FORT POLK, La. — Marking a paradigm shift in how the Army procures, fields and updates equipment, a full brigade for the first time is testing modernized radios, tactical cell phones and network gear this month in the one of service’s most operationally realistic environments.
The exercise is a culmination of three years of work to build a baseline for a modernized network, while incorporating more soldier feedback on communications equipment and speed up fielding.
Soldiers of the 1st Brigade Combat Team, 82nd Airborne division now have the most advanced networking and communications gear in the Army, and they are putting it through the paces during their rotation at the Joint Readiness Training Center at Fort Polk.
The site and its companion National Training Center at Fort Irwin provide a dedicated opposing force with tailored scenarios based upon a particular region of the world. Units battle over a two-week simulated campaign facing a raft of attacks from kinetic to electronic.
The gear is part of the Army’s Integrated Tactical Network (ITN). Specifically, the soldiers tested equipment as part of the network’s Capability Set ’21, a combination of radios, new waveforms and tactical cell phones that pinpoint troops’ location, along with network extension equipment and cross-domain technologies that allow communication with units and coalition partners.
Soldiers lauded what’s known as the individual soldier kit, fielded to team leaders. It includes a two-channel radio paired with a hardened cell phone attached to a soldier’s chest; provides unprecedented situational awareness, including solider location on the battlefield; and allows seamless text chat and voice communications up and down echelons.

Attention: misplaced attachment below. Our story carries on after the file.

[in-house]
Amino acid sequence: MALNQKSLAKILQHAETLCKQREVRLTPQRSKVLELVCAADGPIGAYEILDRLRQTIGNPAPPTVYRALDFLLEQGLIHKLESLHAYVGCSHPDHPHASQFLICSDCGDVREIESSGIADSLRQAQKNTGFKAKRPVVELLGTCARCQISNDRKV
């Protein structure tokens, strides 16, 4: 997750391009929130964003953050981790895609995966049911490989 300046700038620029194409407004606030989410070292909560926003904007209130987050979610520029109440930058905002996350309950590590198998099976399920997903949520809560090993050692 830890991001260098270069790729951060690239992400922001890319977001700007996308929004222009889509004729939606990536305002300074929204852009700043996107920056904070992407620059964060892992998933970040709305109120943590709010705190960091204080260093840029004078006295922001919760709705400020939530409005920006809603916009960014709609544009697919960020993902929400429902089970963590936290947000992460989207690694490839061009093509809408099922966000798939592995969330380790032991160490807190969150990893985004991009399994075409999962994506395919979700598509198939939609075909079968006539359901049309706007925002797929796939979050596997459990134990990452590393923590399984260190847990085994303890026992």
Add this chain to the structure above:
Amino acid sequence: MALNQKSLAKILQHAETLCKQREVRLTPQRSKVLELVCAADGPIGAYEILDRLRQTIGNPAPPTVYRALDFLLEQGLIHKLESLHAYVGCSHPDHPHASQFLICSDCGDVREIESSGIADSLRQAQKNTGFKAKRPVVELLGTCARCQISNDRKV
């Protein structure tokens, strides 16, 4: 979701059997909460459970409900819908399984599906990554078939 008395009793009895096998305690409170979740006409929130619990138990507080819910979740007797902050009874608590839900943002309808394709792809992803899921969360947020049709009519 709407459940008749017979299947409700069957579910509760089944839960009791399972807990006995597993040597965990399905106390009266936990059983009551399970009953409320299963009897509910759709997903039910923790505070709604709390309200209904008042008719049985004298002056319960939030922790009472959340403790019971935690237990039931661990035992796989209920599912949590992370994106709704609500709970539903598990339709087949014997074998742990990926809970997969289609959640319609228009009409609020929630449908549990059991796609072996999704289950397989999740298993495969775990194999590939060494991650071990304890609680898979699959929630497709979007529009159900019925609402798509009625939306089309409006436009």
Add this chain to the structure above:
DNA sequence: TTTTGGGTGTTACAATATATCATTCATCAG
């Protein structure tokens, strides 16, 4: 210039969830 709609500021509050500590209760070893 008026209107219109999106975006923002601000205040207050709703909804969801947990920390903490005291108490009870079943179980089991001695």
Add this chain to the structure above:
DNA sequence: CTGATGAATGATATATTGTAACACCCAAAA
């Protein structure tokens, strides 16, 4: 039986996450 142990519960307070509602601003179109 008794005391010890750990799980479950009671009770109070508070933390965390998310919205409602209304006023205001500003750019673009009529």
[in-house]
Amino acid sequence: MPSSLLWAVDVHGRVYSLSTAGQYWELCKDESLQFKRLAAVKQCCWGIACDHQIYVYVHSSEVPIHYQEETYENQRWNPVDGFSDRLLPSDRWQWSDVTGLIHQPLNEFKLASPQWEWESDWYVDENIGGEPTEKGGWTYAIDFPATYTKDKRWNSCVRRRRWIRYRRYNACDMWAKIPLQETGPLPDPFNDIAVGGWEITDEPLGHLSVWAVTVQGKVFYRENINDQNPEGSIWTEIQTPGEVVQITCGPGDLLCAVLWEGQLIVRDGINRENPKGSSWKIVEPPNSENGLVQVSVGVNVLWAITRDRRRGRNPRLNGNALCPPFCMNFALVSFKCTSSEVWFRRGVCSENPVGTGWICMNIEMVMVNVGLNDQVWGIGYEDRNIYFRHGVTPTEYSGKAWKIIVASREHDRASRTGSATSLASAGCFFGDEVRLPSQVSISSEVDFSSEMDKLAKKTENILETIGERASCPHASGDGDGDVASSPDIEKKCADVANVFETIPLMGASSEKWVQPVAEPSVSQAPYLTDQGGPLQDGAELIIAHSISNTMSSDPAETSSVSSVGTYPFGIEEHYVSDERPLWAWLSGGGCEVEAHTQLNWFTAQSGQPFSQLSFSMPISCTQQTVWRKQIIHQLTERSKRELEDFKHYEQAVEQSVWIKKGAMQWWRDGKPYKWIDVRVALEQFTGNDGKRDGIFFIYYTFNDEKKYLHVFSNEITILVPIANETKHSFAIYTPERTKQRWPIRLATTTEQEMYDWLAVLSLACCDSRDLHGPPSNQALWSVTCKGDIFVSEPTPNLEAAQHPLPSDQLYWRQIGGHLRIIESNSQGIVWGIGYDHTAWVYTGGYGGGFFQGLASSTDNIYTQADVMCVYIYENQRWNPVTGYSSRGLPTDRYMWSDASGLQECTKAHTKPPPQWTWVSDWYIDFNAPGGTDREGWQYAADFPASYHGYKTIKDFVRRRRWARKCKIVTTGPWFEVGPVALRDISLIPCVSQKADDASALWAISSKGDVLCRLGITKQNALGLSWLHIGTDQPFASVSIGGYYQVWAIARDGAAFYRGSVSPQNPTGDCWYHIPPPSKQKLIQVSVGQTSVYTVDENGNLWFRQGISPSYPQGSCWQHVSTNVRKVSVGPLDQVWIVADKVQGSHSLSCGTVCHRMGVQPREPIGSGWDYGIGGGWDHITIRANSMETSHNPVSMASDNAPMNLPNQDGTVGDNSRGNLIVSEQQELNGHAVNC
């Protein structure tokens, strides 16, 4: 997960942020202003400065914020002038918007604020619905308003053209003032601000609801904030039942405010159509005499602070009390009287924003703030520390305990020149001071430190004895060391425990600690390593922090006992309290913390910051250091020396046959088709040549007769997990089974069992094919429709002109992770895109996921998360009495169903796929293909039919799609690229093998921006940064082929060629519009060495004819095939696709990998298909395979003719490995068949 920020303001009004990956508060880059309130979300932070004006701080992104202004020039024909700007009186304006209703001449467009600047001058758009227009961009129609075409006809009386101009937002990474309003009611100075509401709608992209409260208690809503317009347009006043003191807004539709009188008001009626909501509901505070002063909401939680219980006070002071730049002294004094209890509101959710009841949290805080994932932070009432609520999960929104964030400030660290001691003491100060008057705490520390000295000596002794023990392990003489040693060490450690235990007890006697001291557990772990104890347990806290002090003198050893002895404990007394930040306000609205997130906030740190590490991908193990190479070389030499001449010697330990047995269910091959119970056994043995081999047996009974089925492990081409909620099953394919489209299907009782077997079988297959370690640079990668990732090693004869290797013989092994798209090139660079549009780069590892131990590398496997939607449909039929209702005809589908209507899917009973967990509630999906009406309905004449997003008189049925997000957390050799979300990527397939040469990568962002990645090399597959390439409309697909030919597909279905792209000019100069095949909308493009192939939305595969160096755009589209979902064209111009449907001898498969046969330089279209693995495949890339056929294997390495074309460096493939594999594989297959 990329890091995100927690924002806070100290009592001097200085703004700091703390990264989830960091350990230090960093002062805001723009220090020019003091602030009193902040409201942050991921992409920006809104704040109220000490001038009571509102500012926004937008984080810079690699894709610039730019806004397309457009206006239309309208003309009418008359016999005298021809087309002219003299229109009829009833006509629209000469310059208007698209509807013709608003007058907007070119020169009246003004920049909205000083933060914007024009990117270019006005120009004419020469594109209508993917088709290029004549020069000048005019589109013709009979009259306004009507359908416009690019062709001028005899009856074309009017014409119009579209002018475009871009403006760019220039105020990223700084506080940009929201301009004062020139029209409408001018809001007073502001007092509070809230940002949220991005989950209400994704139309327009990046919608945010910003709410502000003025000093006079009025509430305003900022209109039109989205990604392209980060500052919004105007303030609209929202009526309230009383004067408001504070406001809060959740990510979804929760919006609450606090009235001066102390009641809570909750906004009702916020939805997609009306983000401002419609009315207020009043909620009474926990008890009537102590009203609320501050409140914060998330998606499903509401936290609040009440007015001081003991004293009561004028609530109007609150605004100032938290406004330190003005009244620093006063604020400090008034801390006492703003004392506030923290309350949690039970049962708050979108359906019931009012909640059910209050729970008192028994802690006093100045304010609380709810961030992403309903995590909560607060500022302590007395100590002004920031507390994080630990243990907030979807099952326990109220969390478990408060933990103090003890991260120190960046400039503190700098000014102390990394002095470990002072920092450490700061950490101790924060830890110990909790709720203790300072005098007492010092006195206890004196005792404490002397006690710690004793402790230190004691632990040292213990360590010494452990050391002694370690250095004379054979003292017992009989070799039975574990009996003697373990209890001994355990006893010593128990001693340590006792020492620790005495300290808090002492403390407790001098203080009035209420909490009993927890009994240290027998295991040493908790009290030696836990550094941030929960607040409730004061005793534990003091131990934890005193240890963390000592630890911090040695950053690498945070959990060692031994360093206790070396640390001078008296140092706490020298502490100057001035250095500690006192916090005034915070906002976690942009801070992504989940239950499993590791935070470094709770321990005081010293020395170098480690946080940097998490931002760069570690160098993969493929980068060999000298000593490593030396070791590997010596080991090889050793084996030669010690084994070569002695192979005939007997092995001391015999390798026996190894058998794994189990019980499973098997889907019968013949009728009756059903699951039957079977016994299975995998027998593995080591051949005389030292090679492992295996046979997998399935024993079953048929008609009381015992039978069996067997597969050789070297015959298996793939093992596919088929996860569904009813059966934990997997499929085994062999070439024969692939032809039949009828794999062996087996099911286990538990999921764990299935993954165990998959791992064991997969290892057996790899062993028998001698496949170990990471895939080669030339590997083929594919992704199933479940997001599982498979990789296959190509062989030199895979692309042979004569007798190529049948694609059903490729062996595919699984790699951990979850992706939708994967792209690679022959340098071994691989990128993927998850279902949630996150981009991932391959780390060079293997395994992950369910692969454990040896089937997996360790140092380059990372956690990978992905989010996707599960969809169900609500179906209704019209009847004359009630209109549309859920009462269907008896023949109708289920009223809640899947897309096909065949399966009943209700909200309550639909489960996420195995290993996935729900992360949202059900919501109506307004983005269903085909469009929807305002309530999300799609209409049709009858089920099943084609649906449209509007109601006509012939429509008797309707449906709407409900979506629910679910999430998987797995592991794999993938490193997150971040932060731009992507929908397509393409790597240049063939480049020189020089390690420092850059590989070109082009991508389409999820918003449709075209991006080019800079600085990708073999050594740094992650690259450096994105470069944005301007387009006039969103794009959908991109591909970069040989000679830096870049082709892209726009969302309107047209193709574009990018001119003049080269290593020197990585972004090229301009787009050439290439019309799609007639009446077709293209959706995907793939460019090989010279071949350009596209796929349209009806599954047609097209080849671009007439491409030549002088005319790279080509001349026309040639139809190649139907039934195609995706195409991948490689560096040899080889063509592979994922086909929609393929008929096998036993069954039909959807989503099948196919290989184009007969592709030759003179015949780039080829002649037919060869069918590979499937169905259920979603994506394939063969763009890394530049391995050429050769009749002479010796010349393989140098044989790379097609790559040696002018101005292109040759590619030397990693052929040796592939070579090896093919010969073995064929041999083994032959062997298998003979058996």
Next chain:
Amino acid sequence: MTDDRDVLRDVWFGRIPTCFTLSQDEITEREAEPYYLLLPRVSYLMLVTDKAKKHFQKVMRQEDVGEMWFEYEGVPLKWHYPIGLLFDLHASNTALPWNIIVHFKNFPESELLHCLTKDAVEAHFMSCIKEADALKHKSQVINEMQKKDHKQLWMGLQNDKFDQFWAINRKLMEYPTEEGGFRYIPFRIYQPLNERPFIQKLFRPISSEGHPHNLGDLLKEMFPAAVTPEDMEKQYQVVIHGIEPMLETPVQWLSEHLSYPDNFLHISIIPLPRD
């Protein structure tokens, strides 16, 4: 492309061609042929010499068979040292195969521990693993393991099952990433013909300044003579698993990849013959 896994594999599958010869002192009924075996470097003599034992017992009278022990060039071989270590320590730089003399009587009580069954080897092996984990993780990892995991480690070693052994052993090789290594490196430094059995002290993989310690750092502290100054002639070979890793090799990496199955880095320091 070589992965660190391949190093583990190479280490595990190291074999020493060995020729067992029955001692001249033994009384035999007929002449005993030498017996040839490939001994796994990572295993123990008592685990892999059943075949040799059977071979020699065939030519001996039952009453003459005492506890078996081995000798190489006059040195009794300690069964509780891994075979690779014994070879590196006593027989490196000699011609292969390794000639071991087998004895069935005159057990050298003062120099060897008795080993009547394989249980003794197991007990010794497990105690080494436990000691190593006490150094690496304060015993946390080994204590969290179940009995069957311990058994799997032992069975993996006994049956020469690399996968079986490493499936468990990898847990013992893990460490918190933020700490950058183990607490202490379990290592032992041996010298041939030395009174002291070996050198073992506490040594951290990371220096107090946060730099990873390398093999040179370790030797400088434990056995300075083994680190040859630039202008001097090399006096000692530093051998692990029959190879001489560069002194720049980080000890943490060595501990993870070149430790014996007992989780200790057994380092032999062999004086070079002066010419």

Under the Army’s network modernization approach, it plans incremental delivery of new gear every two years under capability sets.
The Army is fielding the ITN equipment to the 173rd Airborne Brigade in Europe and plans to field four infantry bridges in fiscal 2021, with four more and a Stryker brigade in 2022. Lessons learned from the rotation at Fort Polk will factor into those other units’ fielding.
“We’ll be looking for either feedback to determine are the quantities about right or what adjustments should we make based on this large-scale force on force rotation, which we haven’t had the luxury of having in the past,” Maj. Gen. Peter Gallagher, director of the Army Network Cross-Functional Team, said in a secluded field in the middle of the vast training range, the site of a major command post the day prior. “Our decisions have been made without having this kind of feedback, so this will be important going forward.”
The event wasn’t a special exercise that was network focused, but rather part of this brigade’s training schedule. The team now owns this network gear, and its rotation at the Joint Training Readiness Center provided the opportunity for the Army’s test and program community to take some valuable lessons with the first full brigade exercise using the new network design.
Officials explained the modernized equipment provides units with speed and range needed to defeat advanced adversaries in a multidomain battlefield.
“I think this is all about speed and range. You start getting after what we want to do for decisive operations, decisive decision-making. We want to get after sensor-to-shooter,” said Brig. Gen. Robert Collins, program executive officer for command, control, communications-tactical. “How do we do that quickly at speed, how do we extend the range … I think this fundamentally is a game-changer and allowing this airborne unit to be able to extend across those areas of speed and range.”
Officials and soldiers also explained the essence of the modernized network is to provide multiple, resilient communications options to commanders. Previously, if communications failed or were jammed, there were limited alternatives. Now forces have multiple paths of communications with hardened waveforms.
“We’re trying to provide them much … more resilient capability,” Gallagher said.